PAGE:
Andrew Ellis tames the Maltese falcon

Chris Halbur, Reporter

Stranded on a lonely rock in the heart of the Mediterranean, senior Andrew Ellis spent the last six months pondering his own existence – and which bit of “pretty gross” Maltese cuisine he’d be forced to enjoy next.

 

The current Ames High tennis phenom and world-renowned sailor was on a trek across the globe when he was tragically hijacked by Somali pirates.  Narrowly escaping, Ellis was set adrift for nearly 40 nights on the wreckage.  After struggling to sustain himself on a diet of “olive oil, rosemary, and fresh bread”, the lone surviving castaway was elated to stumble upon a quaint island overrun by a certain sort of toy canine.

 

“None of that even happened,” Ellis said. “I haven’t had an encounter with Somali pirates since 2nd grade, and Maltese dogs aren’t very common there. I hardly even sail.”’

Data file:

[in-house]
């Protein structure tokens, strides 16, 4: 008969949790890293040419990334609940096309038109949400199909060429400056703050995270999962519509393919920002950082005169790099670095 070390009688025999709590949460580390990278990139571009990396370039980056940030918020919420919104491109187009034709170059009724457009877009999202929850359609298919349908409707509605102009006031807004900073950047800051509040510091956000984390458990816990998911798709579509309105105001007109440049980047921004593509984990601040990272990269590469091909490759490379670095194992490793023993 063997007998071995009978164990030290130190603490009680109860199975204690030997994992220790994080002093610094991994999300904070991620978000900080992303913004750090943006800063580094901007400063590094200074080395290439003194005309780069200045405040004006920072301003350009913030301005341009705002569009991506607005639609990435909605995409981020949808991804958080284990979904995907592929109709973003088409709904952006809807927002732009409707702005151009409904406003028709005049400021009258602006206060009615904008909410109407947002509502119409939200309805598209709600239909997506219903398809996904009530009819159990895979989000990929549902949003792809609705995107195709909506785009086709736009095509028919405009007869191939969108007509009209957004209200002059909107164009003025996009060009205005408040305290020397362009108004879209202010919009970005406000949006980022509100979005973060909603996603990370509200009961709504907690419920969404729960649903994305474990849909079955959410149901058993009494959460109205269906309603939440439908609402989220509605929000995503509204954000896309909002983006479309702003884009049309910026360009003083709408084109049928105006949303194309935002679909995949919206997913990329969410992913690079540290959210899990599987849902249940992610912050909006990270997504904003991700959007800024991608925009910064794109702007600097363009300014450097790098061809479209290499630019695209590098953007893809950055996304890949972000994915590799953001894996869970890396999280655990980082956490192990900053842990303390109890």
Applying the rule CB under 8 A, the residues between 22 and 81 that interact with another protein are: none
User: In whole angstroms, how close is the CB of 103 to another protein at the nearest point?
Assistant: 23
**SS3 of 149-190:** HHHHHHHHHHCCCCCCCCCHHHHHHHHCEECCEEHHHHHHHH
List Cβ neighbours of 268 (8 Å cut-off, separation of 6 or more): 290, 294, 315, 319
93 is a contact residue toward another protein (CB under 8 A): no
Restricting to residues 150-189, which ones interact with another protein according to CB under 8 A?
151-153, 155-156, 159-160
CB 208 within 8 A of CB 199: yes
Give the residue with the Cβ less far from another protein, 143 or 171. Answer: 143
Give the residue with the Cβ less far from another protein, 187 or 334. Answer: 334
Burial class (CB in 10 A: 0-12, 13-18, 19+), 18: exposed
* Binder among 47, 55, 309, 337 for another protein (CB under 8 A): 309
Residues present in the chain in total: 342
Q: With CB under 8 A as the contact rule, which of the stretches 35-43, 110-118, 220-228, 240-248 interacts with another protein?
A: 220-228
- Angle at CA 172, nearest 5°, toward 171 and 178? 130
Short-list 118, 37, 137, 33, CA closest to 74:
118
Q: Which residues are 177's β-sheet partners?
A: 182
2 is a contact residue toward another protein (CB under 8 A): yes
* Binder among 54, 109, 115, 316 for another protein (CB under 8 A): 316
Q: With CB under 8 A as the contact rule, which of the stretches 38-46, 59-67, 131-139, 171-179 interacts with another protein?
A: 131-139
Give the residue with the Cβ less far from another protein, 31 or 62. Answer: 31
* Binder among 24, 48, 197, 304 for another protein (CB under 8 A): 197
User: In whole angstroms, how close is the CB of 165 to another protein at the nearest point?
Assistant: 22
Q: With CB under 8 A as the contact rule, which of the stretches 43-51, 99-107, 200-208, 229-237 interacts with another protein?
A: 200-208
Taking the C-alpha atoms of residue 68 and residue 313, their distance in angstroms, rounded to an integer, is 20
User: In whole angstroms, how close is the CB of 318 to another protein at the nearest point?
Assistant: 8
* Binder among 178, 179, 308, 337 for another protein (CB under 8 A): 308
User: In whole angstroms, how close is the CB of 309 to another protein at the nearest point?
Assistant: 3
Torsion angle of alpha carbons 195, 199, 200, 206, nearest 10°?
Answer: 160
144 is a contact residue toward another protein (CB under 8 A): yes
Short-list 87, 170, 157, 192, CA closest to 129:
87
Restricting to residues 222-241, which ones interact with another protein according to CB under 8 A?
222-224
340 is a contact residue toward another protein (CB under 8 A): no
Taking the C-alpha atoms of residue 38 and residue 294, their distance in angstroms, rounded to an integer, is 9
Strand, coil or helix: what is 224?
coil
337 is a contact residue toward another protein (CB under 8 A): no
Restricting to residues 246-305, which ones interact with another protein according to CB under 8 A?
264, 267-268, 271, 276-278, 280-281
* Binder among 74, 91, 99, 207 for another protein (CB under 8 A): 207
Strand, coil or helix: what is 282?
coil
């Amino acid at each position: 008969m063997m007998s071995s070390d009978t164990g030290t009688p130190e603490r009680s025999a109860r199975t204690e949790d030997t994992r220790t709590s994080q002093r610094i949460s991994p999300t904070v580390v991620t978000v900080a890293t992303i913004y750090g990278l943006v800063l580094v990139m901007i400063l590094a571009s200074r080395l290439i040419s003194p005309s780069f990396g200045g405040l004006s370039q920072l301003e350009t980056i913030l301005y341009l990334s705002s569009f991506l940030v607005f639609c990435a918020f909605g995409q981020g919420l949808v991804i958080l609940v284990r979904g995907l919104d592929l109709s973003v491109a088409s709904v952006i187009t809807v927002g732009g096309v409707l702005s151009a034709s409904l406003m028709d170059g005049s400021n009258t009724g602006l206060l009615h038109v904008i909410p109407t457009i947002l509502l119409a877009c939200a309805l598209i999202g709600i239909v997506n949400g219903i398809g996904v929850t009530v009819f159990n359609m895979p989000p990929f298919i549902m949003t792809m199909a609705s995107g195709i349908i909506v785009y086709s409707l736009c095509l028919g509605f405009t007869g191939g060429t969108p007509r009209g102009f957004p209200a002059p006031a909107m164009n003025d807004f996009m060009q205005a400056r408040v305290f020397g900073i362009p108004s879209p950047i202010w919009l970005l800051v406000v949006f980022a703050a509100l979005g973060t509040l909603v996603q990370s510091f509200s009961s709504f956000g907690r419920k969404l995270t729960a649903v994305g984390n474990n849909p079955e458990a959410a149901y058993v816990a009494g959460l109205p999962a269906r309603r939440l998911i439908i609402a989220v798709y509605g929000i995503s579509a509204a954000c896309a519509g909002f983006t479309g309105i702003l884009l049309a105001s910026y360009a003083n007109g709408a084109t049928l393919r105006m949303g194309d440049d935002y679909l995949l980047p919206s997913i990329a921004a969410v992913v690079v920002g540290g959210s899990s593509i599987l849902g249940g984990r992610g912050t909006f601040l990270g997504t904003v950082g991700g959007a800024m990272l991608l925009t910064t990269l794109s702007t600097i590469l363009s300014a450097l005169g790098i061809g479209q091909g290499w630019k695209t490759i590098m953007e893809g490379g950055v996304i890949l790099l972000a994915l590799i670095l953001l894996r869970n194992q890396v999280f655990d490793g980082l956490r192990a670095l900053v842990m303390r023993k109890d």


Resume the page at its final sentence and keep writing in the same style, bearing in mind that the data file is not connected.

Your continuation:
Though he continues to deny a secret life of battling swashbucklers, Ellis did open up a bit about his experience in Malta. “It was pretty cool to see something completely different from anywhere I’ve ever been. It’s like a really exotic old rock in the middle of a big, cold puddle.”

As six months in the middle of a big, cold puddle may seem to get lonely, Ellis was always comforted by his family, who made the trip with him.  He did, however, admit that he missed a few things about his homeland, “I missed quite a bit actually. Friends, tennis, my dog, and cheap food.”

 

While overseas, this budding tennis superstar was forced to take a sabbatical from the game he loves.  By the time he returned stateside, though, he hadn’t missed a beat.  Still playing  in top form, American tennis’s “next-big-thing” was once rumored to have defeated the great Pete Sampras in straight sets.  In response to many reports hailing him as the next Novak Djokovic, Ellis remains humble, “No no no no, that’s not me. You’re thinking of my little brother.  He’ll be a freshman next year. Watch out.”

 

“If I had to rename the moon, I’d probably just call it The Death Star or some clever play-on-words in remembrance of Pluto,” Ellis added, strangely.